On my way into church to celebrate Mass the other day, I noticed a small blade of grass newly peeking out from the ground. It’s been hot this August, but not hot enough, Deo gratias, to prevent new life.
In some ways, that’s an apt image for this summer of our discontent. The heat at times has been blistering and endless: Chile, McCarrick, Honduras, more McCarrick, Pennsylvania grand jury, seminaries, McCarrick again, Vigano.
Thus, as our children return to school and religious education programs, the question becomes: is there any shade? Is there any shelter from these terrible revelations? Can parents really trust clerics to protect their children?
I believe we are experiencing a powerful storm, one which can be frightening and damaging, but one which is necessary to attain the peace and tranquility we desire in the Church. And in the midst of this storm, I’d like to address a specific question that has been raised in the midst of all this: the accusation that Catholic seminaries in the United States are not healthy places.
A recent news article referenced an allegation made by a former seminarian at St. Charles Borromeo in Wynnewood about inappropriate behavior which he experienced there. Having not been a seminarian when the alleged incident took place, I cannot comment on that, except to say that I am sorry that he experienced such things which have no place in a seminary.
Sexual misconduct – whether harassment or outright abuse – is abhorrent and should be addressed and prosecuted if it rises to the level of a crime.
My concern, instead, is more with his characterization of the environment at St. Charles Seminary as “toxic.” Now on this topic I can speak a bit more clearly, having spent the last six years as a student there before being ordained by Archbishop Chaput in May.
During my time at St. Charles, I had the opportunity to meet some of the finest men I know. They’ve served in Iraq and worked in the intelligence community. They’ve taught, worked in business, and traveled the world. Men studying there now have received degrees in everything from engineering to medicine from fine schools. Some could easily be professional musicians or chefs. And yet all of them accepted the call of Jesus Christ to study for his priesthood. Having lived with these men over the years, I can testify to their strength of character and desire for holiness.
Of course, there are no perfect seminaries, just like there are no perfect seminarians. Yet I would say that the “culture” of St. Charles, due to the fine men who study there, is healthy and vibrant. So many people who interact with the community regularly would testify to the same fact.
Far from “toxic,” I would characterize my experience at the seminary as edifying and life-giving. I say this not to diminish in any way the scandalous behavior of some, but simply to point out that the dominant culture of St. Charles is one that Catholics can be proud of. From my experience of other seminaries and young priests, I think the same can be said of the vast majority of seminaries and religious communities today.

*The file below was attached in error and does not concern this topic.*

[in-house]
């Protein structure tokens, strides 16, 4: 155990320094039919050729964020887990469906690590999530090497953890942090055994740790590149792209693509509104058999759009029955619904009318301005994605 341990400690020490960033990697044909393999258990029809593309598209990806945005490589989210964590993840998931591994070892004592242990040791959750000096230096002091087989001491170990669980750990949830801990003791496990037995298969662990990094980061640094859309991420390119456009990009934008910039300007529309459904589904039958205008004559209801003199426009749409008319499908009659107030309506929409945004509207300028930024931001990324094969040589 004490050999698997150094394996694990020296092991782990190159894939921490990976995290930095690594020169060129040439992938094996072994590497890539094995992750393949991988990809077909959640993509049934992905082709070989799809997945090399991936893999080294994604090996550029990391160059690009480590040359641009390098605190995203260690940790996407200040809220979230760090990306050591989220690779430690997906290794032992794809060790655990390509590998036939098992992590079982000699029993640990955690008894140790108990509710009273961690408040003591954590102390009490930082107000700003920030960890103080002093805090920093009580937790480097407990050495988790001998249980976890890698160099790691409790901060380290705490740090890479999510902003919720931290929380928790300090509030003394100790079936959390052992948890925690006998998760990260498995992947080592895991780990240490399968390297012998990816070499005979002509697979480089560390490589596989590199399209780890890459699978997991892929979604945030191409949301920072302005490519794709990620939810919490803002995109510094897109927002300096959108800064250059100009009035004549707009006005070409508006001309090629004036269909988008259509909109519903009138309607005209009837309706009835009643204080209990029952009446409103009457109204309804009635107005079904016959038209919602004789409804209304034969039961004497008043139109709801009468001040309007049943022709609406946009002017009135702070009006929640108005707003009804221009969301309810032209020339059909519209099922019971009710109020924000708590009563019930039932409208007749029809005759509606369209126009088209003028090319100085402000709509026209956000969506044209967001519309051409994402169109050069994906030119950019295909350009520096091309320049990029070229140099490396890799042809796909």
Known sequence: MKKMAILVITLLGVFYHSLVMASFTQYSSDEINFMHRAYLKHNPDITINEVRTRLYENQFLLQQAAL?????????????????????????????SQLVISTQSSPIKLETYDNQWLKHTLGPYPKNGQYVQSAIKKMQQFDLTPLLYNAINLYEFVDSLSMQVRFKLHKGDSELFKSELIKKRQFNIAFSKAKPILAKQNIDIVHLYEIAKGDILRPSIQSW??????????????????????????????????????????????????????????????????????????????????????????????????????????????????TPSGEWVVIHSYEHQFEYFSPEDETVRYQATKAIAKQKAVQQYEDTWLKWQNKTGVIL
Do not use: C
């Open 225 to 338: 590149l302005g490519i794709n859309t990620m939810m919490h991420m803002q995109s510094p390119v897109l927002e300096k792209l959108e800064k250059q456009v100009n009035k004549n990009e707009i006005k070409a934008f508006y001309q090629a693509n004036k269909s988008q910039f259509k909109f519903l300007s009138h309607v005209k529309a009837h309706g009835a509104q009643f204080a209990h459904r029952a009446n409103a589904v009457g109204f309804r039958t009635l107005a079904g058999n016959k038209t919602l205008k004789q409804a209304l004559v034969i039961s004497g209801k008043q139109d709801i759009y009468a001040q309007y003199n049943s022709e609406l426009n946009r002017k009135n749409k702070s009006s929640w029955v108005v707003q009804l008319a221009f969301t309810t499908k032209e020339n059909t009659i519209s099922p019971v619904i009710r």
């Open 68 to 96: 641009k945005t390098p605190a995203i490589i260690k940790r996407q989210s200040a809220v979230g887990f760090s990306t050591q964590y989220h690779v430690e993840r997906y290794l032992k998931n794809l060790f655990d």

We cannot lose sight of many signs of coming renewal, both among clergy and laity, even in the midst of these storm clouds: The Thomistic Institute, FOCUS, the Leonine Forum; countless solid academic programs, both in established Catholic schools, newer ones, and even in secular campuses like Penn; young urban-dwellers and dynamic families finding new ways to share Catholic life amid a hostile culture.
These new movements, as well as the renewal of traditional structures, represent the building blocks of the rebuilt Church, rising even now from the ashes of an era that is ending. Just like Benedict after the fall of Rome, just like Francis and Dominic, just like Catherine, and just like Ignatius: in every era of crisis in the Church and the world, the Holy Spirit opens up the windows so that cataclysm may give way to radical re-commitment to the Gospel.
None of this will be easy, of course. Living the Gospel with all of its implications never is – that’s why the figures I just mentioned, along with so many others like Mother Theresa – are so significant. That’s what heroic virtue is. But such a life is not dour, boring, and lifeless. In fact, it is the fullness of what it means to be human!
Pope Benedict XVI reminded the Church of that at his installation Mass as pope: “Are we not perhaps all afraid in some way? If we let Christ enter fully into our lives, if we open ourselves totally to him, are we not afraid that he might take something away from us? Are we not perhaps afraid to give up something significant, something unique, something that makes life so beautiful? Do we not then risk ending up diminished and deprived of our freedom? … No! If we let Christ into our lives, we lose nothing, nothing, absolutely nothing of what makes life free, beautiful and great.”
Father Eric J. Banecker is parochial vicar at St. Pius X Parish in Broomall.
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